“There are some VCs who will never invest because of the nature of the space,” Lustig says. “Some people don’t want to deal with anything that has to do with death just because it’s not a fun and cheery subject. I think that automatically eliminates about 25% of the investor population.”

In Lustig’s pitch to investors, he frames his company in a way that underscores the massive size of the opportunity.

“Three Facebook users die every minute,” he says. “That shows the scale of the problem. And about $700 million dollars in digital property gets lost every year that people don’t transfer to loved ones.”

There was nowhere on the Web optimized to create a positive, sentimental, participatory and permanent remembrance of a loved one.”

Chris SaccaAngel Investor

But no company ever got rich by marketing to dead people. That’s why Entrustet is recruiting funeral homes, insurance companies and estate lawyers as channel partners that can resell its services. The company also launched a new product for people who want to conduct a digital property search after a family member dies.

In one case, Entrustet was hired by the family of a 43-year-old man who suddenly passed away. It turned up 15 online accounts, including a funded PayPal account and a Web domain for his business that was set to expire.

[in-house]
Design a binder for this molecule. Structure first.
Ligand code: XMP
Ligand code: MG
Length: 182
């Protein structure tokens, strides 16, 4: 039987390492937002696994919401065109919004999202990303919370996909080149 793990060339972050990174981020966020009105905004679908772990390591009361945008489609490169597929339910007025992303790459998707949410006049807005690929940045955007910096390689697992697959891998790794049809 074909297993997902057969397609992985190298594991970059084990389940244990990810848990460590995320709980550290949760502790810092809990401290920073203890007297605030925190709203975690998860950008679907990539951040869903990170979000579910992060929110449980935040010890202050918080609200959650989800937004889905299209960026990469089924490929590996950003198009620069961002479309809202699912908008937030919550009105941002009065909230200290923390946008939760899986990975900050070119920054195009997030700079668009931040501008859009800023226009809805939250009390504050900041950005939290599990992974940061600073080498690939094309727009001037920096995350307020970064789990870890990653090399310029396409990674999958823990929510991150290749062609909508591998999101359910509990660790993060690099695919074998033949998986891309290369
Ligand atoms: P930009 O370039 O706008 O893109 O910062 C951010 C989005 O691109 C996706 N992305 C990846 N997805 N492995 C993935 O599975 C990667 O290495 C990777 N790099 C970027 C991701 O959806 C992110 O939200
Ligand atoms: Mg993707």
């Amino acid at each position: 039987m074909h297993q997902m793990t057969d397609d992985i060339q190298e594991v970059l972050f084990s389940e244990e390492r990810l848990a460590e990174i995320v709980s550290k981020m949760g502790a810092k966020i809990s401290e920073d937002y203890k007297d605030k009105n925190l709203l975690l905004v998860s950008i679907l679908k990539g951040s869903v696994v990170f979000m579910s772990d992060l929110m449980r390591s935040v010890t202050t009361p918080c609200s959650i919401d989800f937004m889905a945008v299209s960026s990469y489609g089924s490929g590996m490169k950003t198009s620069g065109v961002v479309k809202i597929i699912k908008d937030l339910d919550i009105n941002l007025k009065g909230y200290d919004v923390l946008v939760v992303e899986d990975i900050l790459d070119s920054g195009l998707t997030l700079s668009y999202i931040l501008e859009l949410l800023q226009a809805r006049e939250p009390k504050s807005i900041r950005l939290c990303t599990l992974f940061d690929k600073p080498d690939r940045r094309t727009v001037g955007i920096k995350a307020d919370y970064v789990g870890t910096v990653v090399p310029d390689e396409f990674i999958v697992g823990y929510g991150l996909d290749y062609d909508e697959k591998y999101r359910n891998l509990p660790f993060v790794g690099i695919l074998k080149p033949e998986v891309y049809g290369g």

As more Internet users die off, the problem will get increasingly worse, insists Lustig. “No one is immortal,” he says. “It is clear that one or multiple companies will win in this space. There is just no way that nothing will happen.”

But there’s another big problem with the digital afterlife industry: nobody is quite sure what demographic to market. Is it 20- and 30-somethings with extensive online presences and hundreds of friends on Facebook? Or is it 40- and 50-year-olds with 2.5 kids, a mortgage and an estate plan?

At first, Toeman of Legacy Locker thought it was the latter. He ran the numbers and found that one in three U.S. households with children under 18 has a last will and testament. That comes to about 12 million families in America in total. And of those 12 million, about 900,000 make or update a will each year, Toeman says.

But the numbers didn’t pan out quite the way Legacy Locker anticipated.

“In all candor, the market is a lot slower going than we expected,” he says.

The company is now launching a new set of products and services that are more targeted to a younger customer base.

But, again, targeting death-related services to youth isn’t easy.

“I talked to one investor who was convinced that young people just don’t do funeral prep,” he says. “Clearly, this is a harder space than most people think it is.”

Still, Toeman is sensing new life in the digital death market. “Investors know something big is coming,” he says. “They just aren’t sure whether it’s today, tomorrow or years from now.”